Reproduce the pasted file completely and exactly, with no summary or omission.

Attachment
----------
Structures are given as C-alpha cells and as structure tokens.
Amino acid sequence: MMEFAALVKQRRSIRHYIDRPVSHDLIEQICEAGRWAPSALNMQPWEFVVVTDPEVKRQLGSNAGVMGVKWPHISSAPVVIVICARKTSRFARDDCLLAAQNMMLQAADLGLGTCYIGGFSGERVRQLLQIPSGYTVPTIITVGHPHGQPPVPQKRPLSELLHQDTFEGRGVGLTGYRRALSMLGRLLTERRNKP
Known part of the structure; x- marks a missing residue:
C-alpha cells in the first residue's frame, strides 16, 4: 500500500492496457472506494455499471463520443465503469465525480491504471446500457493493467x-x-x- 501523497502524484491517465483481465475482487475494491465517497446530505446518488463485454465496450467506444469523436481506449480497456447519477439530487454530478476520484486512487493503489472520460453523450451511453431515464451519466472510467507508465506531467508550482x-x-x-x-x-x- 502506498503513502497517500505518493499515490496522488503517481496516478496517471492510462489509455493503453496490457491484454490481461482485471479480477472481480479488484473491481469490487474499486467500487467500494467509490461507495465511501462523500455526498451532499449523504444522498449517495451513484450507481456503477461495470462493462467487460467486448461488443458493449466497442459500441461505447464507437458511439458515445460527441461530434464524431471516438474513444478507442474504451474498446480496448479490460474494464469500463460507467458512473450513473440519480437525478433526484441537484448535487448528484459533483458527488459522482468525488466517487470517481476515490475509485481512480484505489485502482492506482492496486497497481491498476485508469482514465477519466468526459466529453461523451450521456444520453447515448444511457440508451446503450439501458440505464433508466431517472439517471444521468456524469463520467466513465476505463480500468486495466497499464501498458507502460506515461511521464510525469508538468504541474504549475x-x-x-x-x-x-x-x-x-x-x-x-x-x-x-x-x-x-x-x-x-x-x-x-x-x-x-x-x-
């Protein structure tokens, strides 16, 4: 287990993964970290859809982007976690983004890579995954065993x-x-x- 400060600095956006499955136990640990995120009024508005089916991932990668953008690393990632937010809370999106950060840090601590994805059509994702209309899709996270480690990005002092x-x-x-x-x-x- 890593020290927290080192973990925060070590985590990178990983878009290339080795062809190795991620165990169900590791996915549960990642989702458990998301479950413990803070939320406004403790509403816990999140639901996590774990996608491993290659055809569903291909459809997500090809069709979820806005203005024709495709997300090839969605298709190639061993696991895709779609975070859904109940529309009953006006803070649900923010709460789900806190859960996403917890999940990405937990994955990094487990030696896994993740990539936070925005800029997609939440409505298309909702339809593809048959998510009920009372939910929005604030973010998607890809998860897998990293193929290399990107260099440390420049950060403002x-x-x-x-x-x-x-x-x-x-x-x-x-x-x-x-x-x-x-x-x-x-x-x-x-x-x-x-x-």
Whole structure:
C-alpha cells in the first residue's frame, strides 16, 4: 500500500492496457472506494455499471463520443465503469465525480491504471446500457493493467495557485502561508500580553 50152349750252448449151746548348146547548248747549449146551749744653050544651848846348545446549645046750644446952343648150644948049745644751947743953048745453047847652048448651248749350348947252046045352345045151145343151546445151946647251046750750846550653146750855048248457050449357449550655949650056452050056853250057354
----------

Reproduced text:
Structures are given as C-alpha cells and as structure tokens.
Amino acid sequence: MMEFAALVKQRRSIRHYIDRPVSHDLIEQICEAGRWAPSALNMQPWEFVVVTDPEVKRQLGSNAGVMGVKWPHISSAPVVIVICARKTSRFARDDCLLAAQNMMLQAADLGLGTCYIGGFSGERVRQLLQIPSGYTVPTIITVGHPHGQPPVPQKRPLSELLHQDTFEGRGVGLTGYRRALSMLGRLLTERRNKP
Known part of the structure; x- marks a missing residue:
C-alpha cells in the first residue's frame, strides 16, 4: 500500500492496457472506494455499471463520443465503469465525480491504471446500457493493467x-x-x- 501523497502524484491517465483481465475482487475494491465517497446530505446518488463485454465496450467506444469523436481506449480497456447519477439530487454530478476520484486512487493503489472520460453523450451511453431515464451519466472510467507508465506531467508550482x-x-x-x-x-x- 502506498503513502497517500505518493499515490496522488503517481496516478496517471492510462489509455493503453496490457491484454490481461482485471479480477472481480479488484473491481469490487474499486467500487467500494467509490461507495465511501462523500455526498451532499449523504444522498449517495451513484450507481456503477461495470462493462467487460467486448461488443458493449466497442459500441461505447464507437458511439458515445460527441461530434464524431471516438474513444478507442474504451474498446480496448479490460474494464469500463460507467458512473450513473440519480437525478433526484441537484448535487448528484459533483458527488459522482468525488466517487470517481476515490475509485481512480484505489485502482492506482492496486497497481491498476485508469482514465477519466468526459466529453461523451450521456444520453447515448444511457440508451446503450439501458440505464433508466431517472439517471444521468456524469463520467466513465476505463480500468486495466497499464501498458507502460506515461511521464510525469508538468504541474504549475x-x-x-x-x-x-x-x-x-x-x-x-x-x-x-x-x-x-x-x-x-x-x-x-x-x-x-x-x-
């Protein structure tokens, strides 16, 4: 287990993964970290859809982007976690983004890579995954065993x-x-x- 400060600095956006499955136990640990995120009024508005089916991932990668953008690393990632937010809370999106950060840090601590994805059509994702209309899709996270480690990005002092x-x-x-x-x-x- 890593020290927290080192973990925060070590985590990178990983878009290339080795062809190795991620165990169900590791996915549960990642989702458990998301479950413990803070939320406004403790509403816990999140639901996590774990996608491993290659055809569903291909459809997500090809069709979820806005203005024709495709997300090839969605298709190639061993696991895709779609975070859904109940529309009953006006803070649900923010709460789900806190859960996403917890999940990405937990994955990094487990030696896994993740990539936070925005800029997609939440409505298309909702339809593809048959998510009920009372939910929005604030973010998607890809998860897998990293193929290399990107260099440390420049950060403002x-x-x-x-x-x-x-x-x-x-x-x-x-x-x-x-x-x-x-x-x-x-x-x-x-x-x-x-x-």
Whole structure:
C-alpha cells in the first residue's frame, strides 16, 4: 500500500492496457472506494455499471463520443465503469465525480491504471446500457493493467495557485502561508500580553 50152349750252448449151746548348146547548248747549449146551749744653050544651848846348545446549645046750644446952343648150644948049745644751947743953048745453047847652048448651248749350348947252046045352345045151145343151546445151946647251046750750846550653146750855048248457050449357449550655949650056452050056853250057354